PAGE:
Updated: Mar 13, 2020
Microgreens offer a wide variety of choices in taste, texture, and even color. Growers can find success by adding an extra step or otherwise increasing their knowledge on microgreen growing. Below is a round-up of 7 different colorful varieties.
Mustard, Ruby Streaks
Improved dark-purple variety with light-green stems and spicy flavor. Based on yield trials, seeding is recommended at 9.5 gm per tray at approximately 3 flats per ounce of seed. Average days to maturity was 14.5 days when harvested at the first true leaf (as opposed to harvesting in the cotyledon stage). Ruby mustard microgreens have green leaves with reddish-purple veins, deep green and deep red leaves, green leaves with a purple blush, or reddish-purple leaves with a reddish-purple blush. Cool weather is needed for the colors to deepen beyond green.
Basil, Dark Opal
Variable expression of purple, green, and variegated leaves. This variety features mostly purple leaves with 10% variegated, or green leaves. It adds robust, sweet-and-spicy flavor and visual interest to any meal or beverage. Based on yield trials, seeding is recommended at 5 gm per tray at approximately 5 flats per ounce of seed. Average days to maturity was 25.5 days when harvested at the first true leaf (as opposed to harvesting in the cotyledon stage). Basil microgreens requires steady warm temperatures. Using a heating pad helps with germination when nighttime temperatures drop. These seeds can be difficult to germinate, but light also helps with germination. If the seeds are kept in darkness, they will likely still germinate, but they may have a lower germination rate.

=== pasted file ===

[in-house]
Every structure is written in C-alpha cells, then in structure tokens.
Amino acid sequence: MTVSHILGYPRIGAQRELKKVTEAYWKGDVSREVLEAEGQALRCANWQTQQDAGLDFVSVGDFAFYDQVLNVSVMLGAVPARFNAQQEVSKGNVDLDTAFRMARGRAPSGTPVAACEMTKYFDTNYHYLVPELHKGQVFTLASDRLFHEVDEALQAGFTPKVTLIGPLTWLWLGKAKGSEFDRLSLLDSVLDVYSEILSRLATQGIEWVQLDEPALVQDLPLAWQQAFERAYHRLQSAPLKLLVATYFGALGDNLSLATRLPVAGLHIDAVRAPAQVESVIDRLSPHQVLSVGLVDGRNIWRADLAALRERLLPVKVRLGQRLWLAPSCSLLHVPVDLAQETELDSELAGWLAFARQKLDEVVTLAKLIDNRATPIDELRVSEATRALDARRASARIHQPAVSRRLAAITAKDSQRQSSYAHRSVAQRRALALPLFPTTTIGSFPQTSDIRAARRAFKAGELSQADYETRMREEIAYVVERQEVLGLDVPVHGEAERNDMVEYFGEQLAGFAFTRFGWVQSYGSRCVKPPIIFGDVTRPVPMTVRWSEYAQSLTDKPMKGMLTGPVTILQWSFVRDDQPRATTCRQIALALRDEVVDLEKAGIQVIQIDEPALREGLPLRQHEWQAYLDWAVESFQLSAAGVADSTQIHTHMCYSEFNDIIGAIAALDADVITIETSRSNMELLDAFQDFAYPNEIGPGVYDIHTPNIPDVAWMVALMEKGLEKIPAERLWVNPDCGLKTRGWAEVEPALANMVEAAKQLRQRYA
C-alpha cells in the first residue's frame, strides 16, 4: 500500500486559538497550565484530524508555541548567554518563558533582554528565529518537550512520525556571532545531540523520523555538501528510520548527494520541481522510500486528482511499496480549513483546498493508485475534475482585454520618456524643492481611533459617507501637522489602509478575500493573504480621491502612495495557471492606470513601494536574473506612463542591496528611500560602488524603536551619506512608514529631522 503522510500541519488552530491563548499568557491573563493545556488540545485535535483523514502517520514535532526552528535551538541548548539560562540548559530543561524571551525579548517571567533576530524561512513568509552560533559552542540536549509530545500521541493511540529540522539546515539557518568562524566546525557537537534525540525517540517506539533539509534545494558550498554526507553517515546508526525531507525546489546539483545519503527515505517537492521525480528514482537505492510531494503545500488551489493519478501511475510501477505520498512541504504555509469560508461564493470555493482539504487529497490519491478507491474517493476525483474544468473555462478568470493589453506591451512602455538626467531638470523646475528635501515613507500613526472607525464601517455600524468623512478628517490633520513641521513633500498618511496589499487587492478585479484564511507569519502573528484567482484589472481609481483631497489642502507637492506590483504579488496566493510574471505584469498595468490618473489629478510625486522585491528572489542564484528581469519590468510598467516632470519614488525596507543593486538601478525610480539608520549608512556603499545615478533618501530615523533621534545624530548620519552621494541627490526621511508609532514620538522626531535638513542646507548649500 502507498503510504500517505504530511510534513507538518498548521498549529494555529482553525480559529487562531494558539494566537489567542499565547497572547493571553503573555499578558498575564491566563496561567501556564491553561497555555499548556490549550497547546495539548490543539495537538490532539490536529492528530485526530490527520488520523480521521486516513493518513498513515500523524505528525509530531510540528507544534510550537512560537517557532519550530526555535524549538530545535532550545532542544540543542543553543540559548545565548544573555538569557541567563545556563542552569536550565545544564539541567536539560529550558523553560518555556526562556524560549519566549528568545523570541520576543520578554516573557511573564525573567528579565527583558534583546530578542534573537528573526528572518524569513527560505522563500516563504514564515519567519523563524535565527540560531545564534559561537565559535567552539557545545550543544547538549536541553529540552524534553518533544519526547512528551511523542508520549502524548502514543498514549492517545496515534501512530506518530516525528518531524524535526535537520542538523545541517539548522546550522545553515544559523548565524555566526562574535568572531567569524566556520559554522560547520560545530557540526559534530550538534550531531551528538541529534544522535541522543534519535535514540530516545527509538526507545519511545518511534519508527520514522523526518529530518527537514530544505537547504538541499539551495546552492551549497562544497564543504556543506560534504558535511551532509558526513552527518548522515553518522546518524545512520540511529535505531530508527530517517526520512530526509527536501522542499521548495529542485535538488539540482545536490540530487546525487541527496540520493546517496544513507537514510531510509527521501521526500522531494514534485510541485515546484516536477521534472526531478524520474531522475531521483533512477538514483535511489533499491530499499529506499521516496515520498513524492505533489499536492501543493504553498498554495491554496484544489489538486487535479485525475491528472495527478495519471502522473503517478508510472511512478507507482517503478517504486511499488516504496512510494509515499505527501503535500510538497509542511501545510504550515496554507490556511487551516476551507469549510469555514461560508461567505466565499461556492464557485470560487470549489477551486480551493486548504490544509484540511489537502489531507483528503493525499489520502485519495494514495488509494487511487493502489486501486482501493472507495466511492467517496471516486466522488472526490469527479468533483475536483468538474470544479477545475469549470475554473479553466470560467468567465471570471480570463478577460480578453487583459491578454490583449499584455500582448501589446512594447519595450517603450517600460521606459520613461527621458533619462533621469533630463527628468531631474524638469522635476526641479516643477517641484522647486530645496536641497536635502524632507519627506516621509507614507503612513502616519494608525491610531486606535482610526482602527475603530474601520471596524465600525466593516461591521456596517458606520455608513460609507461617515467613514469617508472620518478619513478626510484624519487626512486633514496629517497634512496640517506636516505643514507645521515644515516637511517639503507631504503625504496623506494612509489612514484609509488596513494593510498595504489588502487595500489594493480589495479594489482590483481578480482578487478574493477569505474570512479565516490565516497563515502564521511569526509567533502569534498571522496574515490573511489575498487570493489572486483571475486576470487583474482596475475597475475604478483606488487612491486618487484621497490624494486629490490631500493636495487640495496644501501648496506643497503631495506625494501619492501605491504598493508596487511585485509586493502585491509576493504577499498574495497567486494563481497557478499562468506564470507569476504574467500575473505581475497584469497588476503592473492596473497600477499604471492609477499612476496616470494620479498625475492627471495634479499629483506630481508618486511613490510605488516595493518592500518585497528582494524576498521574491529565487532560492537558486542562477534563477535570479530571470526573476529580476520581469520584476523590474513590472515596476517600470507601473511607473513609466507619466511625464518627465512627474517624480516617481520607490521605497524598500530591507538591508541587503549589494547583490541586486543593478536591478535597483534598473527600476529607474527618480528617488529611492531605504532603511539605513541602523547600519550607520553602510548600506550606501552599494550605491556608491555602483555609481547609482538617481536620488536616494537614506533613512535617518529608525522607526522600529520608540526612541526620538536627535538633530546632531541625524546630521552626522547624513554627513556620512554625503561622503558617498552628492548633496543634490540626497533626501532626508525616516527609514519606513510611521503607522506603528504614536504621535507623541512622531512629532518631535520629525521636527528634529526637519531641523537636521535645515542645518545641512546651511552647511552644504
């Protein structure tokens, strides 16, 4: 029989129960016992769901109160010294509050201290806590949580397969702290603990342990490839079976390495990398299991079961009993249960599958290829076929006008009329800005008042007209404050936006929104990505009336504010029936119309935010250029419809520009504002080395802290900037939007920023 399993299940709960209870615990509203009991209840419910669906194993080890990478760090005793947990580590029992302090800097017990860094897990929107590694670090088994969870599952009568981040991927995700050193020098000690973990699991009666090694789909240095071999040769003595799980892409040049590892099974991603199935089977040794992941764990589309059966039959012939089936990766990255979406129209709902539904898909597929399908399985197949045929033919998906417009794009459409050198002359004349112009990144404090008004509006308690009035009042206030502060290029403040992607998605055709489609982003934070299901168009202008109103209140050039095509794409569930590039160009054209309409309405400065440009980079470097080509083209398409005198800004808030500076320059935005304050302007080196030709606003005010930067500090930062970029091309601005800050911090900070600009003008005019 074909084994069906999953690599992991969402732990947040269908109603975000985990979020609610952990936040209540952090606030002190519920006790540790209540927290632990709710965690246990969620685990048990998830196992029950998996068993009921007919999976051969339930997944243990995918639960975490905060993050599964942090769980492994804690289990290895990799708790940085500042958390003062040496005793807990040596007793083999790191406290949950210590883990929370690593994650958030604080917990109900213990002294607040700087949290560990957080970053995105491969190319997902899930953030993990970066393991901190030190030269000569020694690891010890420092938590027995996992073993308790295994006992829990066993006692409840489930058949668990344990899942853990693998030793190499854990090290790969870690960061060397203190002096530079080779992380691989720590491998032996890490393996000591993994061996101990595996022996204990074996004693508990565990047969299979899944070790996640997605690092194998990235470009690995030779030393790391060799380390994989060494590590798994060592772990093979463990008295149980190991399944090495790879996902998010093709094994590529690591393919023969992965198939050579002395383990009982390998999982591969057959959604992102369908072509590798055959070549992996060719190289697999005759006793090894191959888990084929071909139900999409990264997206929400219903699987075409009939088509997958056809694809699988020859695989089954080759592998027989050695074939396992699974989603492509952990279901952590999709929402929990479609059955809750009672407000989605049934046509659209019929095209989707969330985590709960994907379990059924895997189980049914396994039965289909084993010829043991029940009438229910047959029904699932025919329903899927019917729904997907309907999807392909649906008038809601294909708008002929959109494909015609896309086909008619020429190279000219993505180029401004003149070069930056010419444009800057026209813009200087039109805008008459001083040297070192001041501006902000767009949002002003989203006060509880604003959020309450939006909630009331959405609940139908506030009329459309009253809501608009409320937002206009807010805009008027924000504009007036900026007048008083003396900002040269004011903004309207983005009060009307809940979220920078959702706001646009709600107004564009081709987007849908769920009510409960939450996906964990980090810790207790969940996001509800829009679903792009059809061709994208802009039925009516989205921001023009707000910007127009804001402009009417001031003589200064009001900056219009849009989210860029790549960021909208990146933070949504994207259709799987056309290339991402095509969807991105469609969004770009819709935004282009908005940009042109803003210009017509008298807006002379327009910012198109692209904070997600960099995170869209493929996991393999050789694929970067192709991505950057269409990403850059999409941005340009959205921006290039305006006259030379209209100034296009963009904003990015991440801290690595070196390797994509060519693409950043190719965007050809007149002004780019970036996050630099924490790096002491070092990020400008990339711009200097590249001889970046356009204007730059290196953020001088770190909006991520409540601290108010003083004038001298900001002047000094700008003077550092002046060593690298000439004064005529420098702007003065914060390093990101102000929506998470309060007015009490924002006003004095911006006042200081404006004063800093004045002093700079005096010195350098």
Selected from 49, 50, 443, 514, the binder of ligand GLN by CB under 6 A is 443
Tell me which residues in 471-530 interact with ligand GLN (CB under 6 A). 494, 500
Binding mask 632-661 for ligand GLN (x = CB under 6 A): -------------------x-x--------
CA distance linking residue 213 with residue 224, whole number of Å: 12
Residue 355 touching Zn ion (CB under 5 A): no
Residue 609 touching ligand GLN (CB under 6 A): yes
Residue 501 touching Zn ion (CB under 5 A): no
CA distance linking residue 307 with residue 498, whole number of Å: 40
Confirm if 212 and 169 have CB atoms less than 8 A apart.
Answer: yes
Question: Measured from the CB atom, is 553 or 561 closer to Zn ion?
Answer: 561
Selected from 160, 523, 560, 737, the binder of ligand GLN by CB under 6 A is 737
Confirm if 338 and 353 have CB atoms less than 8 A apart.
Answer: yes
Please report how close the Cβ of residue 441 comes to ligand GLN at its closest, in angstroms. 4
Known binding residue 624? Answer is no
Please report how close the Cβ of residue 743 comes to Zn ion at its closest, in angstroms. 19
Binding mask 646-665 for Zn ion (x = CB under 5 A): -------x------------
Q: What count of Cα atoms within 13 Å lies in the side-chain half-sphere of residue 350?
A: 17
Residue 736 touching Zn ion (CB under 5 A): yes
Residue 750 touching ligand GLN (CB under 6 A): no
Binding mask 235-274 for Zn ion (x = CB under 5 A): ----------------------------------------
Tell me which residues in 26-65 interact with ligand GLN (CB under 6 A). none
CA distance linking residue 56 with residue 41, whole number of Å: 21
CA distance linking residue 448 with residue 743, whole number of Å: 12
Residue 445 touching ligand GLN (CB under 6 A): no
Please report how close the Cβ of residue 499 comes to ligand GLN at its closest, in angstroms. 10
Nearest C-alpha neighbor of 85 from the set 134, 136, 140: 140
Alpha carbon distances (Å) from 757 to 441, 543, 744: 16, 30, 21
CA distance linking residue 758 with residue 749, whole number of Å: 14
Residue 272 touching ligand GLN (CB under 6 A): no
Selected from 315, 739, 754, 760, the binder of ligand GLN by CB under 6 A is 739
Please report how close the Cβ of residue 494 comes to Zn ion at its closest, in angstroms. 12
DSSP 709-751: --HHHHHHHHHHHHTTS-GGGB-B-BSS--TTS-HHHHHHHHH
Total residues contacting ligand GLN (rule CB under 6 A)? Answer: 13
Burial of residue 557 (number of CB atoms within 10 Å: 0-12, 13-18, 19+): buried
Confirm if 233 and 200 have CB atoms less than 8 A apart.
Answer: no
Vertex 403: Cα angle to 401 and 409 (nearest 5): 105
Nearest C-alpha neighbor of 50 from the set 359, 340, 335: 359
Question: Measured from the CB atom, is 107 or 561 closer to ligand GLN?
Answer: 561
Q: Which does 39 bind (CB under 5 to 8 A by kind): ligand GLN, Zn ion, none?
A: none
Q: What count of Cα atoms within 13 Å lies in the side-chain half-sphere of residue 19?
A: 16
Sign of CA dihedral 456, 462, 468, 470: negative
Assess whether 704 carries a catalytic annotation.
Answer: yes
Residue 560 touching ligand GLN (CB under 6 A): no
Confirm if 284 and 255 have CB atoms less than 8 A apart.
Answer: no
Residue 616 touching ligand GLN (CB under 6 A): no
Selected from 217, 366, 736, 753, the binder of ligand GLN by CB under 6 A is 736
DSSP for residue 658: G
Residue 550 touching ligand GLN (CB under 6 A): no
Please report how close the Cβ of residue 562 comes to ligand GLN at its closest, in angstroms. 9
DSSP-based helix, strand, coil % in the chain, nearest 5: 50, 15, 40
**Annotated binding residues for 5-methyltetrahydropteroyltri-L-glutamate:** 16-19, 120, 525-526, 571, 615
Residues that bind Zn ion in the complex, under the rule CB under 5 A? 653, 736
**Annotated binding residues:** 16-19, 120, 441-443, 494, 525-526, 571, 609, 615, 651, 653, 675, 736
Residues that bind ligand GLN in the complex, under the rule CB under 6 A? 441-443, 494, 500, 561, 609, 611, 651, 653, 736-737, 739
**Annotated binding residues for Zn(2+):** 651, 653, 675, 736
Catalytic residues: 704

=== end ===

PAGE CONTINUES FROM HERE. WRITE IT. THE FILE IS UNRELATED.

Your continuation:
Amaranth, Garnet Red
Attractive fuchsia stems and leaves. Amaranth microgreens has a mild, earthy flavor and unique color. Seeding is recommended at 7.5 gm per tray at approximately 3.5 flats per ounce of seed, based on yield trials. Average days to maturity was 17 days when harvested at the first true leaf (as opposed to harvesting in the cotyledon stage). Amaranth requires consistency. Fluctuation in temperature results in slow or low germination as well as poor growth after germination.
Sorrel, Red Veined
Bright lemon sour flavor and distinctive red veins. Sorrel microgreens can add color and flavor contrast to microgreen blends, and it has the same sharp, tangy flavor as regular sorrel. Based on yield trials, seeding is recommended at 3.5 gm per tray at approximately 8 flats per ounce of seed, for very small leaves. Sorrel germinates in 4 to 5 days at temperatures below 65 °F and 5 to 6 days at higher temperatures.
Cabbage, Tokyo Bekana
Large light-green leaves. The pale-green color of cabbage microgreens blends well with and complements dark-green and dark-red varieties in mixes. Based on yield trials, seeding is recommended at 14 gm per tray at approximately 2 flats per ounce of seed. Average days to maturity was 10 days when harvested at the first true leaf (as opposed to cotyledon stage). Cabbage offers distinctive bright yellow-green leaves.
Sweet-flavored shoots. Popcorn shoots microgreens are bright-yellow in color when blanched. They are typically harvested from 3-4" or any size that the market prefers, and can be eaten fresh, added to salads, or used in a wide variety of dishes. Read more about growing popcorn shoots here.
Sunflower, Black Oil
Mild nutty flavor. Sunflower shoot microgreens are typically harvested from 3-4" or just before the first true leaves emerge. Like popcorn, sunflower shoots can be eaten fresh, added to salads, used as a garnish, or used in a wide variety of dishes. The leading seeds to use to grow sunflower shoots are black oil sunflower seeds in their shells, the same seeds that are used to make sunflower oil. In their shells, black oil sunflower seeds retain their viability for a long time, and it is recommended to store them in the refrigerator.
What’s your favorite colorful variety of microgreens? Leave us a comment below and let us know!
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